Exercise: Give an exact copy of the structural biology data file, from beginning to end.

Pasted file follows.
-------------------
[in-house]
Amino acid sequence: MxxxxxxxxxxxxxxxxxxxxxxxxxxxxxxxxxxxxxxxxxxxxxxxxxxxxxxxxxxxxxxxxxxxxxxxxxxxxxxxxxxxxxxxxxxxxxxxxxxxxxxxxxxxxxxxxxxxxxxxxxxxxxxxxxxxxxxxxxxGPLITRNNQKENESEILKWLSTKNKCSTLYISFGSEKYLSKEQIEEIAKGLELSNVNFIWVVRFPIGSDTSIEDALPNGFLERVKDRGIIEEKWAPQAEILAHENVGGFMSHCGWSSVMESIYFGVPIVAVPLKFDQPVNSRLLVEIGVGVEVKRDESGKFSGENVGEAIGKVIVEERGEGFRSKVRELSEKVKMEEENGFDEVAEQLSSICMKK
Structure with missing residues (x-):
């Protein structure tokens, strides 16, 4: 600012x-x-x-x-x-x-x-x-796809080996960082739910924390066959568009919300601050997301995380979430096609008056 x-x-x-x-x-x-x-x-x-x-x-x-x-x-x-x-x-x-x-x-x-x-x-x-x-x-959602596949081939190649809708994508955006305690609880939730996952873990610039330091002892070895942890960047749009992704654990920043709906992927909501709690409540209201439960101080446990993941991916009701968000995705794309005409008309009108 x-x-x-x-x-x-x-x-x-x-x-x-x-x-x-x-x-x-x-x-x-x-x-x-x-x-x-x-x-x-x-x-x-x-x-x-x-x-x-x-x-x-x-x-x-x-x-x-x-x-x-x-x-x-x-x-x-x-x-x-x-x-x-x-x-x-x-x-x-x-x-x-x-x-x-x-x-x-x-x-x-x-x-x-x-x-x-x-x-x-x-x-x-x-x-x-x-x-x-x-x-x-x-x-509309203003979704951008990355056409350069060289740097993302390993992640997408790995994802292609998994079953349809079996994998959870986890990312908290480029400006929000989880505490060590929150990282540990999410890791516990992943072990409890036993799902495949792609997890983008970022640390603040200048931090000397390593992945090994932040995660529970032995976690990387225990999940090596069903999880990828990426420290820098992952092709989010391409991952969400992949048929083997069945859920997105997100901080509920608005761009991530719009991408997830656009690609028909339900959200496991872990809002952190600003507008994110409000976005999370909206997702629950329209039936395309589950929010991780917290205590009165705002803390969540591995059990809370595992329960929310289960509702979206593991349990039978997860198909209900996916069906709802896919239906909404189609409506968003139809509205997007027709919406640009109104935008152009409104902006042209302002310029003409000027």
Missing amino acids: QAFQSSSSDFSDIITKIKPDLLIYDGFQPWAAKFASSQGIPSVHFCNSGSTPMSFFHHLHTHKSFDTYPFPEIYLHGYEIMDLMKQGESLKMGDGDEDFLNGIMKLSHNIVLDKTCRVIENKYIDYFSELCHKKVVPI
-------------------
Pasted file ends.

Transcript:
[in-house]
Amino acid sequence: MxxxxxxxxxxxxxxxxxxxxxxxxxxxxxxxxxxxxxxxxxxxxxxxxxxxxxxxxxxxxxxxxxxxxxxxxxxxxxxxxxxxxxxxxxxxxxxxxxxxxxxxxxxxxxxxxxxxxxxxxxxxxxxxxxxxxxxxxxxGPLITRNNQKENESEILKWLSTKNKCSTLYISFGSEKYLSKEQIEEIAKGLELSNVNFIWVVRFPIGSDTSIEDALPNGFLERVKDRGIIEEKWAPQAEILAHENVGGFMSHCGWSSVMESIYFGVPIVAVPLKFDQPVNSRLLVEIGVGVEVKRDESGKFSGENVGEAIGKVIVEERGEGFRSKVRELSEKVKMEEENGFDEVAEQLSSICMKK
Structure with missing residues (x-):
């Protein structure tokens, strides 16, 4: 600012x-x-x-x-x-x-x-x-796809080996960082739910924390066959568009919300601050997301995380979430096609008056 x-x-x-x-x-x-x-x-x-x-x-x-x-x-x-x-x-x-x-x-x-x-x-x-x-x-959602596949081939190649809708994508955006305690609880939730996952873990610039330091002892070895942890960047749009992704654990920043709906992927909501709690409540209201439960101080446990993941991916009701968000995705794309005409008309009108 x-x-x-x-x-x-x-x-x-x-x-x-x-x-x-x-x-x-x-x-x-x-x-x-x-x-x-x-x-x-x-x-x-x-x-x-x-x-x-x-x-x-x-x-x-x-x-x-x-x-x-x-x-x-x-x-x-x-x-x-x-x-x-x-x-x-x-x-x-x-x-x-x-x-x-x-x-x-x-x-x-x-x-x-x-x-x-x-x-x-x-x-x-x-x-x-x-x-x-x-x-x-x-x-509309203003979704951008990355056409350069060289740097993302390993992640997408790995994802292609998994079953349809079996994998959870986890990312908290480029400006929000989880505490060590929150990282540990999410890791516990992943072990409890036993799902495949792609997890983008970022640390603040200048931090000397390593992945090994932040995660529970032995976690990387225990999940090596069903999880990828990426420290820098992952092709989010391409991952969400992949048929083997069945859920997105997100901080509920608005761009991530719009991408997830656009690609028909339900959200496991872990809002952190600003507008994110409000976005999370909206997702629950329209039936395309589950929010991780917290205590009165705002803390969540591995059990809370595992329960929310289960509702979206593991349990039978997860198909209900996916069906709802896919239906909404189609409506968003139809509205997007027709919406640009109104935008152009409104902006042209302002310029003409000027």
Missing amino acids: QAFQSSSSDFSDIITKIKPDLLIYDGFQPWAAKFASSQGIPSVHFCNSGSTPMSFFHHLHTHKSFDTYPFPEIYLHGYEIMDLMKQGESLKMGDGDEDFLNGIMKLSHNIVLDKTCRVIENKYIDYFSELCHKKVVPI